Dear workshop participants,
We have funds to bring a small number of US graduate students and post-docs to the workshop on improving inference in evolutionary biology and ecology.
If you know of a student or post-doc with an interest in issues related to the workshop (reducing type I error, promoting replication and meta-analysis), please encourage her or him to apply to attend.
Applicants should include a one-page cover letter explaining their interest in one or more of the workshop goals, a C.V., and the name of an established scientist who can comment on their suitability to attend this workshop.
Selected applicants will have their travel and lodging covered and will be full participants in the workshop. The workshop will be heldand in Charlottesville, VA.
By the evening of firstname.lastname@example.org).please email materials to Tim Parker (
Please also direct questions to me.
Here is some more information on the workshop which can be shared with potential applicants:
A hallmark of effective science is reproducible results. Unfortunately, obstacles often slow progress towards these robust, reproducible observations in ecology and evolutionary biology as well as in many other disciplines. Scientists are rewarded for publicizing exciting results, but scientists have much less incentive to publish unexciting results or to test the reproducibility of previously published findings. Scientists therefore sometimes search their data for the most exciting findings that will allow them to publish in the most prestigious journals, and they may not invest in seeking to publish their full set of results. This and various related practices leads to an inflated rate of published false positives –results that are the outcome of chance rather than real biological phenomena. Because attempts to replicate prior findings are often rare, the error of these false positives often goes unrecognized for long periods. Even when replications exist, drawing conclusions from them is hindered by a lack of standards to promote effective syntheses across studies. Reducing bias and promoting replication and effective synthesis will require changing the institutions that control the incentives currently guiding scientists’ decisions. One of the major classes of institutions shaping incentives is scientific journals. Journals in some disciplines, such as psychology and neuroscience, have begun introducing innovative editorial policies to reduce bias and facilitate replication. Now ecologists and evolutionary biologists are seeking to develop ideas appropriate for their own disciplines.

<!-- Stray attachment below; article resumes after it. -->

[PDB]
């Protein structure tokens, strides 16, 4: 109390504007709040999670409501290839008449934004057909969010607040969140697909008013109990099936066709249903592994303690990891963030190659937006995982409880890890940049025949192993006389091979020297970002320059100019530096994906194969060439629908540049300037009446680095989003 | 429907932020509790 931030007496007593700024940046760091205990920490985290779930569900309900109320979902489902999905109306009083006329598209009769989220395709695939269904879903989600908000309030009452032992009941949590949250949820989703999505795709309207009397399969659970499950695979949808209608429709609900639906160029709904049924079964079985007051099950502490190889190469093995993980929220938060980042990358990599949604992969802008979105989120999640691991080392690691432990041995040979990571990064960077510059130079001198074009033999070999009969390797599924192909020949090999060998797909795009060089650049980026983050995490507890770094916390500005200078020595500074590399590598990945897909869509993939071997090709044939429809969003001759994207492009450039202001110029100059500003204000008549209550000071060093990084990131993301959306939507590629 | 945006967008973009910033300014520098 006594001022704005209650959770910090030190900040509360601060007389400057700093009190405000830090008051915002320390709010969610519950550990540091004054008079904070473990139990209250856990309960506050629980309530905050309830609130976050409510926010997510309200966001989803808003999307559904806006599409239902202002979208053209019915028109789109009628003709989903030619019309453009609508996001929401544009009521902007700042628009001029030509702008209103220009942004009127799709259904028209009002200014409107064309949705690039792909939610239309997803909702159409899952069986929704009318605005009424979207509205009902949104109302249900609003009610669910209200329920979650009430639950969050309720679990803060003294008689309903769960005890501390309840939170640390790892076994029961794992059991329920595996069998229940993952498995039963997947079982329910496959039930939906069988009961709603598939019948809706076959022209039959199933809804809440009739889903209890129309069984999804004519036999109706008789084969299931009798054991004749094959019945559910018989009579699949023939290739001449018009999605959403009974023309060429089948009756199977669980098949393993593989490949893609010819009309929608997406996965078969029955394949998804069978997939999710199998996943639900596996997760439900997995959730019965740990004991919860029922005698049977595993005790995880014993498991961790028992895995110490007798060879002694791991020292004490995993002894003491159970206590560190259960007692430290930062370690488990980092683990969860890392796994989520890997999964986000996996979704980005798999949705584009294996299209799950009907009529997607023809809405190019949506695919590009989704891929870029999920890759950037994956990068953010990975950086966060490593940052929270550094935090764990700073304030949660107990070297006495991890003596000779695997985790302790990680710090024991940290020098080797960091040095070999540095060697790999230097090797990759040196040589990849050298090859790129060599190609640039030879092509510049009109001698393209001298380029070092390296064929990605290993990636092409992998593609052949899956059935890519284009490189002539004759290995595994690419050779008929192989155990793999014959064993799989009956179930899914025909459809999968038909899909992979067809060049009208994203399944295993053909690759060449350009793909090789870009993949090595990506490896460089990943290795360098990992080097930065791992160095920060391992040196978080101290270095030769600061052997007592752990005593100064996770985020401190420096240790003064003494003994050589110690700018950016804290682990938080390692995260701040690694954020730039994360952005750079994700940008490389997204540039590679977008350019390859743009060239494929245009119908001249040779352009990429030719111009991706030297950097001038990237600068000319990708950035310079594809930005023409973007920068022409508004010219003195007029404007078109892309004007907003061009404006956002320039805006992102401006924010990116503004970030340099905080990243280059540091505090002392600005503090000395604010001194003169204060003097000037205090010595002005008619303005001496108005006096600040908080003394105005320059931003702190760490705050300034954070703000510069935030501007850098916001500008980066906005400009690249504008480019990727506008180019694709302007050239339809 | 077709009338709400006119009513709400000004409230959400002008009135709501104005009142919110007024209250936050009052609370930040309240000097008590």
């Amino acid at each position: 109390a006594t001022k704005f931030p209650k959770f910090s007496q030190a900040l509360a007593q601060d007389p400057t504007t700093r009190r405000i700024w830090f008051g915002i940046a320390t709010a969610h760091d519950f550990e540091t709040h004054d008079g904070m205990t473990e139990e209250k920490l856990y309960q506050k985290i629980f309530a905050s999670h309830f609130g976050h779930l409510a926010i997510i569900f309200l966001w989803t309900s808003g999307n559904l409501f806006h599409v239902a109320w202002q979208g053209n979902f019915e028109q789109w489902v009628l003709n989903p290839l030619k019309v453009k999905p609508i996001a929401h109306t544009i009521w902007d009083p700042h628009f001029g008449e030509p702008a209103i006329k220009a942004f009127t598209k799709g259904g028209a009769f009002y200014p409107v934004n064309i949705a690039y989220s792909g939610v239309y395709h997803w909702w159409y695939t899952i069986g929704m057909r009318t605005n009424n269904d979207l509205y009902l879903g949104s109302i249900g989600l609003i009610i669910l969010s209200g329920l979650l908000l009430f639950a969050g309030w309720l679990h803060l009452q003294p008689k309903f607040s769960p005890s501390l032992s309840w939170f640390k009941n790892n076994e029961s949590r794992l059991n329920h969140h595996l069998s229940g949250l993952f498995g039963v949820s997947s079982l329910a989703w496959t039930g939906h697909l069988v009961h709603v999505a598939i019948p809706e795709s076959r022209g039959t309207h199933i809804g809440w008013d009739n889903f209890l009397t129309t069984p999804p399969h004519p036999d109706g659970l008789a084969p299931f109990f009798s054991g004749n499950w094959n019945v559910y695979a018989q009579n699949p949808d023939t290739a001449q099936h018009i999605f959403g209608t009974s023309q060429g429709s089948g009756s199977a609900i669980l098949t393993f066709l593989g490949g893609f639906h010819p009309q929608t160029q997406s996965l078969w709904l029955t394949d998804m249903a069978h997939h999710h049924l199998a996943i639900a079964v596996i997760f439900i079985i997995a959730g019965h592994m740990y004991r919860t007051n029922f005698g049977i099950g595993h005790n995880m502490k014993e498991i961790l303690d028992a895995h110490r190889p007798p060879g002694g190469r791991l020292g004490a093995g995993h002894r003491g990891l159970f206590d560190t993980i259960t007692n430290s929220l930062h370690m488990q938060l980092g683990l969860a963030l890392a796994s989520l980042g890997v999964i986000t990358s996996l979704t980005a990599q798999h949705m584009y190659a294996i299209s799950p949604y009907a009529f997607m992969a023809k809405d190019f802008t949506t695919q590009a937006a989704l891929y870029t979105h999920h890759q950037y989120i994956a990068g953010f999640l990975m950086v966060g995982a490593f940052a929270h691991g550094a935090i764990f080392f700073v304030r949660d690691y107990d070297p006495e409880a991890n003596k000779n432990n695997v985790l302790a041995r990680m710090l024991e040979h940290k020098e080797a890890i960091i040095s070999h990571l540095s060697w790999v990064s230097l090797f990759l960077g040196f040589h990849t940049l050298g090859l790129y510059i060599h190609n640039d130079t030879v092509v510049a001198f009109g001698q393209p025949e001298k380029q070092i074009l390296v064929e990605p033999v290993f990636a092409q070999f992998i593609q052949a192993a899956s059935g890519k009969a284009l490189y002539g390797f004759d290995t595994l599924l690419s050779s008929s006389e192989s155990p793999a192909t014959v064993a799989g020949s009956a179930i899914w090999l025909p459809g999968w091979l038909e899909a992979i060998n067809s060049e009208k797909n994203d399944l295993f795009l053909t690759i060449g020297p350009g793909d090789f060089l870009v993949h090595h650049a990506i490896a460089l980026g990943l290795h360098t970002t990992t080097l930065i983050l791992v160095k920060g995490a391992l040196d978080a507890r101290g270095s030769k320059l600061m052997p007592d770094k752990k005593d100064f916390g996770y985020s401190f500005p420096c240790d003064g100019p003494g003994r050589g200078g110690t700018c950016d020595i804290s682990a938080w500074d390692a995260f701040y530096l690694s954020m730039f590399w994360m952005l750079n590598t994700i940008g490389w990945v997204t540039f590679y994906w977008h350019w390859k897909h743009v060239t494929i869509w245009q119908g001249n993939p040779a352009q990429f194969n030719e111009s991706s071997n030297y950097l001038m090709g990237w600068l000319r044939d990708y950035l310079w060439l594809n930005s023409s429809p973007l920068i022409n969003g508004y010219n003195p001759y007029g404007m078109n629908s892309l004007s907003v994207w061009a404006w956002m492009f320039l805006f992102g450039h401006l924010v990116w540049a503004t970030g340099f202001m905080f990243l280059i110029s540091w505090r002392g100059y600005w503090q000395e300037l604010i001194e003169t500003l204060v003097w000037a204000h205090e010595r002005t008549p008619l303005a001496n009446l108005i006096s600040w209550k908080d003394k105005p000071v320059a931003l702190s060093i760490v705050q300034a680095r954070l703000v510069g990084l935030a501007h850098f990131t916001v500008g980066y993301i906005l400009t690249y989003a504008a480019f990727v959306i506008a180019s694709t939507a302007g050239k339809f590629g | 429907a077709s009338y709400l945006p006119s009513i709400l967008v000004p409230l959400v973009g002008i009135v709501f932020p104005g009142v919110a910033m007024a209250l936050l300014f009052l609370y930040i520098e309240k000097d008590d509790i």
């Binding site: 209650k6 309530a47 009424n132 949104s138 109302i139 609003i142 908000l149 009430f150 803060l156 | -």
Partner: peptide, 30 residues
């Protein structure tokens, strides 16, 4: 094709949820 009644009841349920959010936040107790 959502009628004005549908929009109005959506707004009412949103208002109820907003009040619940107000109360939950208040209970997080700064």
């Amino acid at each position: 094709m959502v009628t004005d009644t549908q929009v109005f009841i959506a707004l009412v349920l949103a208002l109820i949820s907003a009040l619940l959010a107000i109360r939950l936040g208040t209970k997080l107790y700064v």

At this workshop, prominent journal editors in ecology and evolutionary biology will join with funding panelists and researchers interested in improving scientific inference to develop incentive structures to reduce false positive rates, promote replication, and facilitate research synthesis. By the end of the workshop, the organizers hope to have editorial policy templates and other ideas for shaping incentive structures that make sense for these disciplines. The organizers also hope that journal editors and others will then implement policies that are right for their disciplines and journals, and that the discussions that follow in the wake of these initial policy implementations will promote more widespread adoptions of policies that improve empirical progress in these disciplines.